European Commission should help organise Europe’s sea space

As mentioned by Megan Swieca on the EWEA Blog:

Offshore renewable energies are expanding to meet the EU’s 2020 renewable energy targets, but renewables are one of many activities competing for space at sea. Meanwhile, Europe’s maritime nations are currently operating under their own planning rules and guidelines, which often conflict with their neighbours and waste time and money.

This was the focus of a two year project, funded by the European Commission’s Intelligent Energy Europe programme and coordinated by EWEA, entitled SEANERGY 2020. The main findings and policy recommendations of the project were presented at a final workshop as part of the European Union Sustainable Energy Week.

Read the full article

European Commission should encourage sea space planning

The European Commission needs to encourage EU Member States to carry out maritime spatial planning, and co-operate on how they use their sea space, due to the growing number of users of Europe’s seas – including offshore renewable energy – a new report, co-financed by the European Commission’s Intelligent Energy Europe programme, finds.

The report – Seanergy 2020 launched today at EU Sustainable Energy Week in Brussels – finds that currently there is little in the way of maritime spatial planning (MSP) in Europe’s maritime states but Member States sharing the same sea basin would benefit from co-operation – and the European Commission could provide MSP through a Directive or guidelines.

“It is necessary to act now” said Dorina Iuga, Senior Project Manager at European Wind Energy Association (EWEA). “MSP will guarantee sea space for offshore renewables and would give the industry more confidence to invest. The EU should draft an MSP Directive or guidelines requiring Member States to implement national sea space planning in cooperation with the other Member States sharing a sea basin.”

The Dogger Bank area in the North Sea, stretching over four countries and with a multitude of sea uses – from environmental protection areas to wind farms and fishing – is a good example of where coordination on MSP is key: helping to minimise conflict between different sea users.

Read the full report

SEANERGY 2020: EEZs needed to help offshore wind in Mediterranean Sea

As mentioned in Wind Directions, September 2011:

The limited amount of exclusive economic zones (EEZs) in the Mediterranean Sea means maritime spatial planning (MSP) is more difficult. Greater numbers of EEZs would facilitate MSP and therefore offshore wind energy development.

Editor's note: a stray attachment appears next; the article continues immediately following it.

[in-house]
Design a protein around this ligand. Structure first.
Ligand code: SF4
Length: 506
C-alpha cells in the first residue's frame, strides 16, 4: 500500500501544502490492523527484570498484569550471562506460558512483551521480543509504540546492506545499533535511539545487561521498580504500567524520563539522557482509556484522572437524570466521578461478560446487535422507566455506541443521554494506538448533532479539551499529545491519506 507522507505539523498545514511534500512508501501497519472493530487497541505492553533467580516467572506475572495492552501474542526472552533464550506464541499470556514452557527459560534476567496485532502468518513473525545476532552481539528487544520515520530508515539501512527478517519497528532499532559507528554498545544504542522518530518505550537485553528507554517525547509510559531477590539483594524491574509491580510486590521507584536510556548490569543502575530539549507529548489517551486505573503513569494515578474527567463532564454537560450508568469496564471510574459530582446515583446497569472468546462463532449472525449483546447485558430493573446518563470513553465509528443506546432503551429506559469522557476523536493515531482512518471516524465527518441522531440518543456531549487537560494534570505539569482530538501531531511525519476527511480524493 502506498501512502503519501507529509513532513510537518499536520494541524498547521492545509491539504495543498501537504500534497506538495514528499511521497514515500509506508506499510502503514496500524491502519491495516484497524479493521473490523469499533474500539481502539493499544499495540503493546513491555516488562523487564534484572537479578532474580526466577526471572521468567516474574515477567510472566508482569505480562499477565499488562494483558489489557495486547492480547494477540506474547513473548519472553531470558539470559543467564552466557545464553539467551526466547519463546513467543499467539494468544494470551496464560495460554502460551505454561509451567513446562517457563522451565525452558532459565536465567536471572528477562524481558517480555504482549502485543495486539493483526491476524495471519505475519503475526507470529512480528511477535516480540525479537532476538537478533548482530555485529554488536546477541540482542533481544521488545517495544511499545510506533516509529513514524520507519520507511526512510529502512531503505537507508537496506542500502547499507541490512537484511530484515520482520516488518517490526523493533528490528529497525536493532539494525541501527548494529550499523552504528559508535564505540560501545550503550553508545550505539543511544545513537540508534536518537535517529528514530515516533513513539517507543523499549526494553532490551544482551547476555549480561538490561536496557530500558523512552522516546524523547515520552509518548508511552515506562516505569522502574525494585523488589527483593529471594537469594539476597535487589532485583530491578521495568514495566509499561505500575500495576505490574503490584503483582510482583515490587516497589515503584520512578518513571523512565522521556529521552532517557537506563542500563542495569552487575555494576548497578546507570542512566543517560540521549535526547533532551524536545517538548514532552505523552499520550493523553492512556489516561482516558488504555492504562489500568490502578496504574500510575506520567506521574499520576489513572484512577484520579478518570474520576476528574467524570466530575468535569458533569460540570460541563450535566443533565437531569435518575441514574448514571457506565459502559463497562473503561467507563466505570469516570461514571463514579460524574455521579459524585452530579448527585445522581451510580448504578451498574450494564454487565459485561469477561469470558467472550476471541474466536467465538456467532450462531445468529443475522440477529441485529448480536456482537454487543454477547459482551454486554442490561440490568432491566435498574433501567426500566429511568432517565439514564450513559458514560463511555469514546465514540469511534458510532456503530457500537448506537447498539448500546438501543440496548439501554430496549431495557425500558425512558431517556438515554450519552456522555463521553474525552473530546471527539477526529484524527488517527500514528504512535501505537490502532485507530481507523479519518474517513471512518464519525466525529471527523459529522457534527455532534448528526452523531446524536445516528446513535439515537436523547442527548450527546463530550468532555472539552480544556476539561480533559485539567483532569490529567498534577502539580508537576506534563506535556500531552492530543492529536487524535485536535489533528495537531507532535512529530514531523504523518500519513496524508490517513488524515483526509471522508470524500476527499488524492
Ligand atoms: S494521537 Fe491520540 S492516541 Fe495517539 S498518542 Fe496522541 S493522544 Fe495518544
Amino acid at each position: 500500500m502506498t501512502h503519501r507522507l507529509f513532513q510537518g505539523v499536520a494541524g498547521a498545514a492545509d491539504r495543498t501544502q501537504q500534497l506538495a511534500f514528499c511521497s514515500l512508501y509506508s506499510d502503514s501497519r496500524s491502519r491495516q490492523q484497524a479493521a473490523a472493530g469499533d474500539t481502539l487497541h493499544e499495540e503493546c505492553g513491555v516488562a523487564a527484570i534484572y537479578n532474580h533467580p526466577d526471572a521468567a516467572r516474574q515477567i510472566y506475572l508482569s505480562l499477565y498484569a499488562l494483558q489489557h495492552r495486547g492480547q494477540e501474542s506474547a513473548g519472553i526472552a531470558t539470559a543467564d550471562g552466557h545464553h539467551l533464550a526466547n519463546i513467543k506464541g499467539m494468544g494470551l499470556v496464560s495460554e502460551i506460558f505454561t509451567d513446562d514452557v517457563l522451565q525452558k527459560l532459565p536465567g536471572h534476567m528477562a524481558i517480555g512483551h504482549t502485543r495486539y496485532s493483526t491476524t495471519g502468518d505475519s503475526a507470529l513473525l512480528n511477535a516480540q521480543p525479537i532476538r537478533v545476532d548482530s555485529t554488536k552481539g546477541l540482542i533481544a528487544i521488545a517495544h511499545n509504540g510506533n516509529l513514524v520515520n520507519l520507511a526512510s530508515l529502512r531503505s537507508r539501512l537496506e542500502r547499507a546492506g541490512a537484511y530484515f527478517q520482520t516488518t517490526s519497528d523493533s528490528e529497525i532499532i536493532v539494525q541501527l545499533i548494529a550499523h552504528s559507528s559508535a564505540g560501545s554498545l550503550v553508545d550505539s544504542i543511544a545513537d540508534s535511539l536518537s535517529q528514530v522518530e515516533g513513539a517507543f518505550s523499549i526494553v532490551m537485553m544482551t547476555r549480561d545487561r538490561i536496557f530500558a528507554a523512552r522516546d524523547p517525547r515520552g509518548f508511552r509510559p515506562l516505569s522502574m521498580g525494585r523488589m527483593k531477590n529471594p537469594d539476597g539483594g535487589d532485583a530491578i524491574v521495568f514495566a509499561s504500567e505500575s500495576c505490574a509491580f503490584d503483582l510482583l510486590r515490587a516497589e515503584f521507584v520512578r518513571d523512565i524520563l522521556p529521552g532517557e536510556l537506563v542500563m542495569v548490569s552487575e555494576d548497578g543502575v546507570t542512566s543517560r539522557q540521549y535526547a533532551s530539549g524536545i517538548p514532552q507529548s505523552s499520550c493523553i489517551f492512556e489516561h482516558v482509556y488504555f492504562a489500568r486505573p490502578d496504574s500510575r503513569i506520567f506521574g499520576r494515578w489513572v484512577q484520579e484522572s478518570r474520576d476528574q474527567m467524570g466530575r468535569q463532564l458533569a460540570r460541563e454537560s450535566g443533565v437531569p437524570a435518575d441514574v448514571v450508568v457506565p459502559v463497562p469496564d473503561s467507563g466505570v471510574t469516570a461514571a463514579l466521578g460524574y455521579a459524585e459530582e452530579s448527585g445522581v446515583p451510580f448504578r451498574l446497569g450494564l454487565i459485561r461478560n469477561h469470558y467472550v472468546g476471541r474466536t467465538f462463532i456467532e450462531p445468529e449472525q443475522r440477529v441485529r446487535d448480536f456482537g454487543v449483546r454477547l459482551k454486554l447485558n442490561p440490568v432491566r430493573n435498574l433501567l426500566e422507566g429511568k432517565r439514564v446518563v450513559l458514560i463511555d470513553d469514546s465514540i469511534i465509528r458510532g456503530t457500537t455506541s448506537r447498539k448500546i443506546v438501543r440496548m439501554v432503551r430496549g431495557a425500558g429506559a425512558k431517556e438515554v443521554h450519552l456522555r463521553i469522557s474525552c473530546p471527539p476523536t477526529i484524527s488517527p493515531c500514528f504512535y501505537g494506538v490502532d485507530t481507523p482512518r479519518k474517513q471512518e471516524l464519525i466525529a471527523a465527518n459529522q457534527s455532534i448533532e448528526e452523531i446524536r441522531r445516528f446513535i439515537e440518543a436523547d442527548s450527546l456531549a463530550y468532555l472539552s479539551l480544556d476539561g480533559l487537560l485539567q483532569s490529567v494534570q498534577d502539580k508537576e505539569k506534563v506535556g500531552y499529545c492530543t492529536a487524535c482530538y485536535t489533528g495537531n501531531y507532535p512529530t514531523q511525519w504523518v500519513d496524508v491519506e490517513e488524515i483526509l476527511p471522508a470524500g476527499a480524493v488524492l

Planning for the planet

As explained by Dorina Iuga, SEANERGY 2020 project manager,  in International Innovation (Environment Edition, August 2011):

SEANERGY 2020 was inspired by two recent developments. The first was the adoption ofthe 2009 Renewable Energy Directive, which set the EU objective of renewables reaching a 20% share of total energy consumption by 2020. The other was developments in the field of MSP and the need to effectively manage maritime space and the increasing competition between maritime sectoral inetersts.”

“Part of SEANERGY 2020’s aim is to bring together policy recommendations on national and international levels and cultivate the possibility of a combined transnational/regional approach”

Read the full article here (The article was published on International Innovation, Environment Edition – August 2011, http://www.research-europe.com/index.php/international-innovation/?wlfrom=%2Findex.php%2Fdigital_magazine%2F)

SEANERGY 2020 – Baltic Sea regional workshop

As mentioned in the TPWind Newsletter, November 2010

Wednesday, 24 November 2010, 09:00 – 15:00
Berliner Congress Center

The workshop seeks to address the specificities and concerns of MSP in the Baltic Sea region and will also disseminate findings to date of the national and international maritime spatial planning regimes. This workshop will be of interest to MSP authorities at all levels, planners, regulators, TSOs, renewable energy project developers and utilities, shipping and maritime transport organizations, fishing associations, environmental NGOs and representatives of other users of the sea.

Project launched to help guide offshore wind planning

As mentioned in Wind Directions, June 2010:

“The project will recommend ways maritime spatial planning (MSP) can be better coordinated to help meet the 20% renewables targets, and it will consider the grid infrastructure needed to develop offshore renewables”, explains Glória Rodrigues, EWEA’s Senior Research Officer. EWEA is coordinating the 24 month project.

Project launched to help guide offshore wind planning

As mentioned in WindWatch, May 2010:

The newly launched SEANERGY 2020 project will recommend how to remove maritime spatial planning policy (MSP) obstacles to offshore renewable power generation.
Increased activity within Europe’s waters has led to a growing competition for space between shipping and maritime transport, oil and gas, ports development, fisheries and offshore renewables.

New project will tackle MSP barriers

As mentioned in Wind Directions, September 2009:

The project proposal, entitled SEANERGY 2020, is focused on offshore renewable energy technologies and related grid infrastructure and provide policy recommendations on how to promote a more integrated and coordinated approach to maritime spatial planning and facilitate the implementation of the 20% Renewables Directive. If approved, the project is expected to run for 24 months.

New project will tackle MSP barriers

As featured in WindWatch, August 2009

EWEA has proposed a new project proposal for EU funding that aims to formulate and to promote concrete policy recommendations on how best to remove maritime spatial planning (MSP) policy obstacles to the deployment of offshore renewable power generation. Effective MSP is essential for the offshore sector as it gives the industry a clear overview of future development.